‘It’s OK if you think you might not be ready for that, but it’s just an idea. What do you think? It’s up to you.’

The boys looked at each other and spoke without hesitation. ‘Yes,’ they said. ‘We want that.’

Now, Stephen broached the subject with Cindy. ‘We’ve been talking,’ he said, studying her face, ‘and we want to know if you’d like to come and live with us when you come home.’

The idea of any kind of a life without her boys was so horrifying that Cindy hadn’t allowed herself to think about it. The thought of returning to Austin Street left her cold with dread. She had no thoughts for the future. What future?

Stephen’s offer was realistic. It was certainly what she wanted. But what she’d imagined was two families merging into one happy family with a future. Joining another family by herself wasn’t something she’d ever considered.

Her parents were visibly upset at the suggestion. Bev’s crumpled face said everything she hadn’t the words to say. Her father protested, ‘But we thought you’d come home with us.’

Bev agreed. ‘We want to take you home with us and look after you.’

Cindy understood how Bev felt. Her mother wanted to take her baby home, to wrap her in cotton wool and soothe her pain. To try and make it better.

Cindy was torn. Her heart lay with the man who’d been through so much of the tragedy that had claimed her children’s lives. He’d put his own life at risk to save her boys, and she wanted to be with him. But with so much going on, she knew the time wasn’t right. Her parents were already upset, and she didn’t want to cause them any more pain.

So on Friday 9 September, five long days after losing her children, Cindy sat in the hospital courtyard, waiting to go home to Birregurra.

Her brother Scott broached a diffi cult subject. ‘Mum and Dad don’t want Stephen coming around to Birregurra,’ he told her. ‘It’s too soon.’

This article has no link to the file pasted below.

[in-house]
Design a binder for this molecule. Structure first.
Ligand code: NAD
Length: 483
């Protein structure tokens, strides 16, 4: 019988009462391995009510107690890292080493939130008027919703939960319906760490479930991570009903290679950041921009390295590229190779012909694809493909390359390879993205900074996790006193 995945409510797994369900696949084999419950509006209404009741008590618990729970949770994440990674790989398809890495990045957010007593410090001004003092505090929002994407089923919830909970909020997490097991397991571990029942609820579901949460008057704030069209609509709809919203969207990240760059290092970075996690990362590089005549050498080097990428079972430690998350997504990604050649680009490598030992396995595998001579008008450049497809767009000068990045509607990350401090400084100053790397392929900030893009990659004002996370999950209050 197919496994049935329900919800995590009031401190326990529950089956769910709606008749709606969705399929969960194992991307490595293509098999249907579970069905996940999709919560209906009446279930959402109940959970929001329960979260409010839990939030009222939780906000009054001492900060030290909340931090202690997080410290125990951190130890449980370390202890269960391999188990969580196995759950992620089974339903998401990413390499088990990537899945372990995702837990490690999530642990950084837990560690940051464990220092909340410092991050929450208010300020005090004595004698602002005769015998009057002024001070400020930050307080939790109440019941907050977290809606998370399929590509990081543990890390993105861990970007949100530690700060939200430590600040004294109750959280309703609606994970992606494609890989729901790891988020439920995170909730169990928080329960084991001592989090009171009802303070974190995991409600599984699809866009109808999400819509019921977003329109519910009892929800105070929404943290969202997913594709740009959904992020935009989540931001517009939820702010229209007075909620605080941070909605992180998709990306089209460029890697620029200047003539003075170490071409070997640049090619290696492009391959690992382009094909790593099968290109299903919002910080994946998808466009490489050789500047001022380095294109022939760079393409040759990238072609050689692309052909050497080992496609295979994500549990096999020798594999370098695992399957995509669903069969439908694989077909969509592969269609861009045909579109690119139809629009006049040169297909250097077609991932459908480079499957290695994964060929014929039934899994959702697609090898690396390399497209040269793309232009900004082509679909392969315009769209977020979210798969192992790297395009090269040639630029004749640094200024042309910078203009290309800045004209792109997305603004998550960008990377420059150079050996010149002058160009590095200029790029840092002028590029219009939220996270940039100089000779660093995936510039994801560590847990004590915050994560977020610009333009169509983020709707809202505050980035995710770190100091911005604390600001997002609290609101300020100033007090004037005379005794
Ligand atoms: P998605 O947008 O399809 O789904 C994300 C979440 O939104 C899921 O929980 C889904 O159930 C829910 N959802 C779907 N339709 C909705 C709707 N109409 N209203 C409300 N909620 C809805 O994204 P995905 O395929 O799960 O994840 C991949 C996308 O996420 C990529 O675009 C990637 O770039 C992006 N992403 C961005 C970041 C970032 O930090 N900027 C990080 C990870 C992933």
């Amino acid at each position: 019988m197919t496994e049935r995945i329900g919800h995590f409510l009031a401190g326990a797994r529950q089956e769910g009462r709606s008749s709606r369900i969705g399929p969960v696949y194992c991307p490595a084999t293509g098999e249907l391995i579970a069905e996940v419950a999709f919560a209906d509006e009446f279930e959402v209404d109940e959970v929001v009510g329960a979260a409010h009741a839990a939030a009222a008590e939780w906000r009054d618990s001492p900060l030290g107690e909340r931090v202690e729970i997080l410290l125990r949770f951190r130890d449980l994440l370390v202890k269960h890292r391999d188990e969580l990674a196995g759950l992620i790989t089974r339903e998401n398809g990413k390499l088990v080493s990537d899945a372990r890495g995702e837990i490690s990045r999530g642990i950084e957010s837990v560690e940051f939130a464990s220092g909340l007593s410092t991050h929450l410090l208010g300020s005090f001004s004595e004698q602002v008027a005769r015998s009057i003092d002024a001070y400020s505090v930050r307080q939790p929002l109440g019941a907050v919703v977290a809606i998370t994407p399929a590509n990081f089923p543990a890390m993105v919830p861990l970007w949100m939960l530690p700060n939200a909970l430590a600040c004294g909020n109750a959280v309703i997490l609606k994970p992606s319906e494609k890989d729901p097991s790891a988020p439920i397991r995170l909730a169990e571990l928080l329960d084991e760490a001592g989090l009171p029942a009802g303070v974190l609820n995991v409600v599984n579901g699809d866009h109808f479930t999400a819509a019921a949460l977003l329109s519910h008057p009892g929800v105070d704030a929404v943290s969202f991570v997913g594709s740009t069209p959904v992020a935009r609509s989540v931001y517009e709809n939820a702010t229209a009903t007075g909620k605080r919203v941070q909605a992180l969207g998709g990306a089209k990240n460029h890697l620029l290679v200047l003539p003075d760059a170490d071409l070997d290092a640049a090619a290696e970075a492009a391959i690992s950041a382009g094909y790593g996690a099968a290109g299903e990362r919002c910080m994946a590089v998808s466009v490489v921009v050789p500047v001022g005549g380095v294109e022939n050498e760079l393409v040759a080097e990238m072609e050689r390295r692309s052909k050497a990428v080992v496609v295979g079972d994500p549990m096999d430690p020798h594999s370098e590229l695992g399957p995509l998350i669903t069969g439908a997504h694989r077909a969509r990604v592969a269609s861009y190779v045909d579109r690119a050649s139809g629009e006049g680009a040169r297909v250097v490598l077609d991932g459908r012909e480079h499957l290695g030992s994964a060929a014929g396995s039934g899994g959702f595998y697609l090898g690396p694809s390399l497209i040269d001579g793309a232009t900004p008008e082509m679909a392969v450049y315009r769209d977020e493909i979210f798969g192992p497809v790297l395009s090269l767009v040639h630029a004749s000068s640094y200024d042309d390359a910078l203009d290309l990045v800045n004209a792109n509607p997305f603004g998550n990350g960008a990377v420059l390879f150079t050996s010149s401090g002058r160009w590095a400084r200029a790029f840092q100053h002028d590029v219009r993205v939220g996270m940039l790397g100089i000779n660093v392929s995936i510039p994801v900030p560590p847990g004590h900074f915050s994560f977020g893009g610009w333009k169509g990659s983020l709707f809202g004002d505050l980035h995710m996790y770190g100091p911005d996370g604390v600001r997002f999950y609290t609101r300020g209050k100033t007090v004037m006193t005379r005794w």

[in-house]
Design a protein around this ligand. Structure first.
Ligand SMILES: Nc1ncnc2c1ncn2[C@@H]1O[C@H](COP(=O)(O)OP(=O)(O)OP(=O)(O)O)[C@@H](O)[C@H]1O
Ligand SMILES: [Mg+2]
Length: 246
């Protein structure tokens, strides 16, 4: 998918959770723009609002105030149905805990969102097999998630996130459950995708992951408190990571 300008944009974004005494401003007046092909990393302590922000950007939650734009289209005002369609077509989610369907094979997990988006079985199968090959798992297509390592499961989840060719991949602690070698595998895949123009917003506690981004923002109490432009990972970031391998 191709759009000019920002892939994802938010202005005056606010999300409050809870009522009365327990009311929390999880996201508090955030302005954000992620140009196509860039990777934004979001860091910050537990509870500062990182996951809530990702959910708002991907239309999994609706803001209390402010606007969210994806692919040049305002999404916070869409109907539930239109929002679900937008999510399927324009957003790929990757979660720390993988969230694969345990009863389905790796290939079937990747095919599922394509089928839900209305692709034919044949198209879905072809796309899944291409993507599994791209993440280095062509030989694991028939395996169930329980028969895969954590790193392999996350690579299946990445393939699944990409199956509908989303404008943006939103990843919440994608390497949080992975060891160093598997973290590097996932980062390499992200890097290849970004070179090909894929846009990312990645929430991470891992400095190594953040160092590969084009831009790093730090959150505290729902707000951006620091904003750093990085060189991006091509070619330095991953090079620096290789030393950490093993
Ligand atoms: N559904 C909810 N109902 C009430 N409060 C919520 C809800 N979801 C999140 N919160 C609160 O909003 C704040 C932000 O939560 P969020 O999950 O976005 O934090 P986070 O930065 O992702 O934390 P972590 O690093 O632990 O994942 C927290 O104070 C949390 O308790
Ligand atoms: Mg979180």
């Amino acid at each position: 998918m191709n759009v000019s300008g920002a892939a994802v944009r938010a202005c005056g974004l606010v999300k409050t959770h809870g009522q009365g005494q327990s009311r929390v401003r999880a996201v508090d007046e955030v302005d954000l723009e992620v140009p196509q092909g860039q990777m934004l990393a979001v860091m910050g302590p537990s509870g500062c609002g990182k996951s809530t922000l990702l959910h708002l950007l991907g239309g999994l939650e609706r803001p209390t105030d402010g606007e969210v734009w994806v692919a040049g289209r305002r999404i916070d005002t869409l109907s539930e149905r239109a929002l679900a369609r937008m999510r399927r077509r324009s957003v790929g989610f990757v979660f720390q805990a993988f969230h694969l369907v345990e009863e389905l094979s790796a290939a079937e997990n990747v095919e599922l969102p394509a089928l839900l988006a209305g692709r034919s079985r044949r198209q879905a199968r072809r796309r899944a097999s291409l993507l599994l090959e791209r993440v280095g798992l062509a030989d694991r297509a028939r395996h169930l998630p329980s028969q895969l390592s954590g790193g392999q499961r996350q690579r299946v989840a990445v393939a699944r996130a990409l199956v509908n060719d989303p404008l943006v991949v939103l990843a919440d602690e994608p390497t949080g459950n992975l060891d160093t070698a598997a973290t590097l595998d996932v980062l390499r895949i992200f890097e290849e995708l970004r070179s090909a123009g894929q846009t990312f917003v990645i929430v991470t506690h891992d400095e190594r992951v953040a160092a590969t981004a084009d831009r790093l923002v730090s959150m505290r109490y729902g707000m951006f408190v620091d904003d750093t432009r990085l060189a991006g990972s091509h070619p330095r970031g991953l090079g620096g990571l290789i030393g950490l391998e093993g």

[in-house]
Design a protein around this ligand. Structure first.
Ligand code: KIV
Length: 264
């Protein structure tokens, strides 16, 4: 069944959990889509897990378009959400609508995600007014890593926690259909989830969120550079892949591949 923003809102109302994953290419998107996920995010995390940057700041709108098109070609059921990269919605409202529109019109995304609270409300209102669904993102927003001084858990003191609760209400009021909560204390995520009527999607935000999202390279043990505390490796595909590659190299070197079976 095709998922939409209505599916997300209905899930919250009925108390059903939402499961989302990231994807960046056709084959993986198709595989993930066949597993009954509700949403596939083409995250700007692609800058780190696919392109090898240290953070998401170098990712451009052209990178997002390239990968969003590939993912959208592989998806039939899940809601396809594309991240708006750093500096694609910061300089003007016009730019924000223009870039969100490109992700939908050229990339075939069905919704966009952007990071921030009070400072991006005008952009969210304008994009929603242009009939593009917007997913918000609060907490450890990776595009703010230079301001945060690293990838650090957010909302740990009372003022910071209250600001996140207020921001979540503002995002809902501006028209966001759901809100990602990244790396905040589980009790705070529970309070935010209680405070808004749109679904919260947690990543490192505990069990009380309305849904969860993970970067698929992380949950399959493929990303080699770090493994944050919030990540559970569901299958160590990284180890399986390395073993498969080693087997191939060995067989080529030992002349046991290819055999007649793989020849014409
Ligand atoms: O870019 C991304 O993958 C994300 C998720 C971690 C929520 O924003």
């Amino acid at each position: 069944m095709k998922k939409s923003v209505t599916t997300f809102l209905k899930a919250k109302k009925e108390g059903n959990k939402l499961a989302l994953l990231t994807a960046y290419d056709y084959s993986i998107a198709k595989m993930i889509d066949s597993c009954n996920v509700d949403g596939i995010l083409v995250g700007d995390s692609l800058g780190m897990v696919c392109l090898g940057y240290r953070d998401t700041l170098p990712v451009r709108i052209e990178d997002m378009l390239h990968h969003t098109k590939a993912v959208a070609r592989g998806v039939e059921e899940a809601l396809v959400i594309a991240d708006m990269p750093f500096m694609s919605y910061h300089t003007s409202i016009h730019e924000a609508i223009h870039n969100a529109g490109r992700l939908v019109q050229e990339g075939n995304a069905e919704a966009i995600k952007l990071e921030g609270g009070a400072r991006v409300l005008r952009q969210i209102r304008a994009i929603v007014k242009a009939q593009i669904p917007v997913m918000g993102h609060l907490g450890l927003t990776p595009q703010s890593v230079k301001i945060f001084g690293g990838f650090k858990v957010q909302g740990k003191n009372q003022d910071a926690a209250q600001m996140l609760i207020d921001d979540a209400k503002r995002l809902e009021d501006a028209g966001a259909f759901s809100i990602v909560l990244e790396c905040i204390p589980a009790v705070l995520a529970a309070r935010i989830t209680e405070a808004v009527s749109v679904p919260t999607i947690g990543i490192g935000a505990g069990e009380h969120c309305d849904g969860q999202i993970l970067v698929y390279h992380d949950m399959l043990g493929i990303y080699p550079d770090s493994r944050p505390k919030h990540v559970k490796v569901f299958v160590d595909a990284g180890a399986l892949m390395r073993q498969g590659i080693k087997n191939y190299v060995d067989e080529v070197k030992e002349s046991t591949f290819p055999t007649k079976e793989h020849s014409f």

Cindy shook her head. Didn’t she have enough pain? If Stephen wasn’t welcome, she wouldn’t go home with them at all. How could anyone expect that?

Reluctantly, her family compromised and said Stephen could visit. That afternoon, Scott drove his sister back to her parents’ home, and Cindy made her way to the bedroom where she’d slept as a girl. What do I do now? she thought numbly as she lay curled in a foetal position on the bed.

Last week she was a busy mum with school runs to make, uniforms to wash, kids to get ready for footy training and to drive to cubs. A mum with shopping and housework to do, with her sons and their playmates to feed when friends stopped over for dinner. She’d attended playgroup sessions where she’d sipped tea and chatted with the other mums about stuff like toilet training and holidays. And dreams.

But today she was a 33-year-old mother without children, being minded by her own mum. She felt utterly desolate, and she hadn’t a clue what she was going to do.

 

 

‘On Father’s Day’ the book is available at Big W, Target, Kmart and all good bookstores, or online at www.fivemile.com.au